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The video demonstrates how to conduct a zeta test to test for a null hypothesis in a population sample. The presenter shows how to calculate the zeta value and interpret the results. The results show that the average population distribution has decreased over the past few years.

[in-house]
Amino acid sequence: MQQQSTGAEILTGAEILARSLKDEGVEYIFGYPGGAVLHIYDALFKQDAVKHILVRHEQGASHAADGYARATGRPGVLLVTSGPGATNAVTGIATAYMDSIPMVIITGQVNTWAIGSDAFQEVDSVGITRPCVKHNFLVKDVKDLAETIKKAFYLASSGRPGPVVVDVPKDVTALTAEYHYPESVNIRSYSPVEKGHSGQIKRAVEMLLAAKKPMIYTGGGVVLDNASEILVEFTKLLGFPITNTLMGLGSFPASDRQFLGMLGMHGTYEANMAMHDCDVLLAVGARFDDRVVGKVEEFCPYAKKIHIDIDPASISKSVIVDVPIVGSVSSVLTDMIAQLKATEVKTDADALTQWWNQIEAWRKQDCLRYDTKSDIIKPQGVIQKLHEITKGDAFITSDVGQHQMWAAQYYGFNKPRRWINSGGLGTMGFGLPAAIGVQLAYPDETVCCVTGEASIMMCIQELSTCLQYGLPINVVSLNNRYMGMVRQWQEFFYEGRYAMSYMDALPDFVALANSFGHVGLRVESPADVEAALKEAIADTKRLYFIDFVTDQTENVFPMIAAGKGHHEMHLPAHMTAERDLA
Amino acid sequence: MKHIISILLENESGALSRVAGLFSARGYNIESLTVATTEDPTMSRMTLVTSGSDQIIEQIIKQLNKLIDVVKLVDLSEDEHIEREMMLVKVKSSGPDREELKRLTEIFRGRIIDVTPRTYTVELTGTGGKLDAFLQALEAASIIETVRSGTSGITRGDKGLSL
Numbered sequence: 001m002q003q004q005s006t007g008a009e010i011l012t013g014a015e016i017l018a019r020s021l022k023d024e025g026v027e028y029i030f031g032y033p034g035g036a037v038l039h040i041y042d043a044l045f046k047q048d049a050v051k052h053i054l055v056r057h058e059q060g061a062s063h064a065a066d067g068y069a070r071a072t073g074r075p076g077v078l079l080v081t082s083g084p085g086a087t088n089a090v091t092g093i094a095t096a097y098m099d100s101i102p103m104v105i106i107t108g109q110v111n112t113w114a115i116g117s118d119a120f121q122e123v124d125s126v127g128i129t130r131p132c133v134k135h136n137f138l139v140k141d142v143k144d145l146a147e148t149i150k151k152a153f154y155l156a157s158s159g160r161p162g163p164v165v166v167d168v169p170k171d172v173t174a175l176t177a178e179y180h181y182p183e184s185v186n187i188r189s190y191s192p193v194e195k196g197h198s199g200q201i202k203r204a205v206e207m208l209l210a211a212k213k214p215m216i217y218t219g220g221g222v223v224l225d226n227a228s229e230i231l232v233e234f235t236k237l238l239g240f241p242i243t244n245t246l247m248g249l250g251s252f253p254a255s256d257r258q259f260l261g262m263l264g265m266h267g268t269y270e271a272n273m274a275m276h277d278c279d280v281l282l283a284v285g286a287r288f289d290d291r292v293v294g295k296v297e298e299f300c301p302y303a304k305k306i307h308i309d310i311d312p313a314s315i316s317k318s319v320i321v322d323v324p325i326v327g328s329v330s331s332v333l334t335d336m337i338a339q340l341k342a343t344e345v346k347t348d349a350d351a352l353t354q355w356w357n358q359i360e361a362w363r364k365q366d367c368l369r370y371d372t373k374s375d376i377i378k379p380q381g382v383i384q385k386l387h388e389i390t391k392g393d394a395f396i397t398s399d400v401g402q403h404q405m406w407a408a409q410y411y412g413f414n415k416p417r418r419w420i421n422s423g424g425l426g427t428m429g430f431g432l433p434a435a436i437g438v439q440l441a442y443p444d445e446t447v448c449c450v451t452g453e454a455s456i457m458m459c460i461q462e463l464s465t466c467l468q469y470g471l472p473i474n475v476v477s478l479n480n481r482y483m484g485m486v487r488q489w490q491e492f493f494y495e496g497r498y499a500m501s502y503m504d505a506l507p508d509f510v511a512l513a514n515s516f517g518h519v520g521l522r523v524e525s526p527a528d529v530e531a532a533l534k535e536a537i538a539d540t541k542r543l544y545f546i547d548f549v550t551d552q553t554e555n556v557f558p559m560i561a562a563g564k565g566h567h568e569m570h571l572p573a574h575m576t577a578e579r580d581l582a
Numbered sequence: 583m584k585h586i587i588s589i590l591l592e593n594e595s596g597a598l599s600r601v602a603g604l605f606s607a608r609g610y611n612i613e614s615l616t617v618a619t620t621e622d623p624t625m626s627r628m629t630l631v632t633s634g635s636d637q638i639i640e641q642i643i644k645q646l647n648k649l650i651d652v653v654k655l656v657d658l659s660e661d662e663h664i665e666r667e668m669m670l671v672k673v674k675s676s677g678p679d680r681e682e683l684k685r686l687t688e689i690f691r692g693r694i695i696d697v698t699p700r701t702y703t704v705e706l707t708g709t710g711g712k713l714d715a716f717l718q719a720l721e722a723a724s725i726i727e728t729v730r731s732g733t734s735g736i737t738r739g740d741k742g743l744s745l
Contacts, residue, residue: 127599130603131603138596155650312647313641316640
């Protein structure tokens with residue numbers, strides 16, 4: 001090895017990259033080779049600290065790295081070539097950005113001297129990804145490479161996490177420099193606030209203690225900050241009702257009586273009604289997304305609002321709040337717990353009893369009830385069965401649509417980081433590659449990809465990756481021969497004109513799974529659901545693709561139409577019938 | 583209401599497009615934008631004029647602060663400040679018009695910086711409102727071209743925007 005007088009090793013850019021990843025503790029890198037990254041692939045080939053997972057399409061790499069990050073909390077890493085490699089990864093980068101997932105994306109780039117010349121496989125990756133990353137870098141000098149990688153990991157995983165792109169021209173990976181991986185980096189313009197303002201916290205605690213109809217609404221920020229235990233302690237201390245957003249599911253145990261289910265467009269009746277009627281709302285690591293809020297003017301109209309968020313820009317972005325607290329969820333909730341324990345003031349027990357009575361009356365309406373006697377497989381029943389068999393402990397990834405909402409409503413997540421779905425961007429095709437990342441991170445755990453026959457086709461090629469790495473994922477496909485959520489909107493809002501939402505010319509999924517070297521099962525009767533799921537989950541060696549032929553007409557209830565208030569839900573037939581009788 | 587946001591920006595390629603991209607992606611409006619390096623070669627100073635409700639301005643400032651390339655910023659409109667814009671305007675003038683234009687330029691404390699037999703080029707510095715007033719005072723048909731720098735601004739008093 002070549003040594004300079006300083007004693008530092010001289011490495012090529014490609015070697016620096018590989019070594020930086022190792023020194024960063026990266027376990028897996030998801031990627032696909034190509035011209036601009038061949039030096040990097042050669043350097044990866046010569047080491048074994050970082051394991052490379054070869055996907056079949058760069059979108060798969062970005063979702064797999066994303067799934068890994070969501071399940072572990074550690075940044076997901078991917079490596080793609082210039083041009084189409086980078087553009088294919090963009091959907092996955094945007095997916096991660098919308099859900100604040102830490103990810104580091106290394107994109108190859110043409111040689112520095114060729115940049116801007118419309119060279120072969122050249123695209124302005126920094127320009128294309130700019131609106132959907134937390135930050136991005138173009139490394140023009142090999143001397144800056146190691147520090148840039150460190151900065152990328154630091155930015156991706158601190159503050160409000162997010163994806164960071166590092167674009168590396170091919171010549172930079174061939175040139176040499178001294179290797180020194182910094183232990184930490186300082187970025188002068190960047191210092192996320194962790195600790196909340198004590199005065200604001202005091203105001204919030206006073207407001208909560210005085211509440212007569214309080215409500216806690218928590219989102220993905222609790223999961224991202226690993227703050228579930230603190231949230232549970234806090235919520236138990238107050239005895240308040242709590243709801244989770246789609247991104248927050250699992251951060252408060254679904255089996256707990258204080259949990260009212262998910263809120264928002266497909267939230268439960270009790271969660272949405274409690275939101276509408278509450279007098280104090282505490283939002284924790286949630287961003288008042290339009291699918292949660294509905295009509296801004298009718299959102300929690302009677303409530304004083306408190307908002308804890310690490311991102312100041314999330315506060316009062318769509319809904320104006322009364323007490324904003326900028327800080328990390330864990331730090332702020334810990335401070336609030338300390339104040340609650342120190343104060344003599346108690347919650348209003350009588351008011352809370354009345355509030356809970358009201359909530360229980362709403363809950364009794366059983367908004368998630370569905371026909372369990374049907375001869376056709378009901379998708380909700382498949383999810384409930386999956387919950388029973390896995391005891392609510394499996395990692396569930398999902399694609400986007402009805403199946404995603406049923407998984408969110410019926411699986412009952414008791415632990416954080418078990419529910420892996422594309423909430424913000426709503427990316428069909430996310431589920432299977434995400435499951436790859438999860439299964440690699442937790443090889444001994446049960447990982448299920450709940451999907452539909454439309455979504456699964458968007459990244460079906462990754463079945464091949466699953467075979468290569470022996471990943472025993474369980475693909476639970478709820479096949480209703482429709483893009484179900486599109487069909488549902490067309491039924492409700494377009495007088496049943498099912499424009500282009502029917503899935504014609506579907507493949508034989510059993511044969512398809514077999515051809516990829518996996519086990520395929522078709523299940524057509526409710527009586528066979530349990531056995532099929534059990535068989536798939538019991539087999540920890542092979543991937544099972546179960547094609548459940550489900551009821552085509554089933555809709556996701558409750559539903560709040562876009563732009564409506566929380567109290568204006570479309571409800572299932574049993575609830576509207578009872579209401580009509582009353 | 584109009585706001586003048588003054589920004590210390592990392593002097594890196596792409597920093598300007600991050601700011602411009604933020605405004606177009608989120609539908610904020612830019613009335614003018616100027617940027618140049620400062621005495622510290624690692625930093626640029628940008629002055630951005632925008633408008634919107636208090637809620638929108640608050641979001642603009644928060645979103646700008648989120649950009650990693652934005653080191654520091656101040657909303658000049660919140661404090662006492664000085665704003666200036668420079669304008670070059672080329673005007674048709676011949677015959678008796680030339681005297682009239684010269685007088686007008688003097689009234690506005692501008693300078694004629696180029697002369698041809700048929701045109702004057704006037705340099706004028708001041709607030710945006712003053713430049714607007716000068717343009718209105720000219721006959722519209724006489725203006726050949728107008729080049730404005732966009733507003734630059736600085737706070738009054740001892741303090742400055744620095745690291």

**00:00:00**This is a test of hypotheses. In this exercise, you will identify whether a test is a hypothesis test. After that, you'll calculate the interval of confidence for when you estimate the parameter. In this example, the estimated parameter is the average grade for secondary school students. The standard deviation for a population is important. We have the treatment if we know that an earlier study found that the standard deviation of a population was 8.6. This is called a deviation from the population's mean or version-standard deviation. A quasi-variance is also important. This is what is used in this equation: x bar minus the population's mean. If you're estimating the average grade for secondary school students, and you have data on population size, you can work with the hypothesis that the average grade has not decreased or increased. To do this, you would use the hypothesis that the average grade has not decreased. If you're estimating the average grade for secondary school students, and you have data on population size, and you have determined that the hypothesis that the average grade has not decreased is not the correct hypothesis, you would use the hypothesis that the average grade has not decreased. In this example, the estimated parameter is the average**00:05:00**In this video, the presenter demonstrates how to use a zeta test to look for a null hypothesis in a population sample. They show how to calculate the zeta value and how to interpret the results, which show that the average population distribution has decreased over the past few years.

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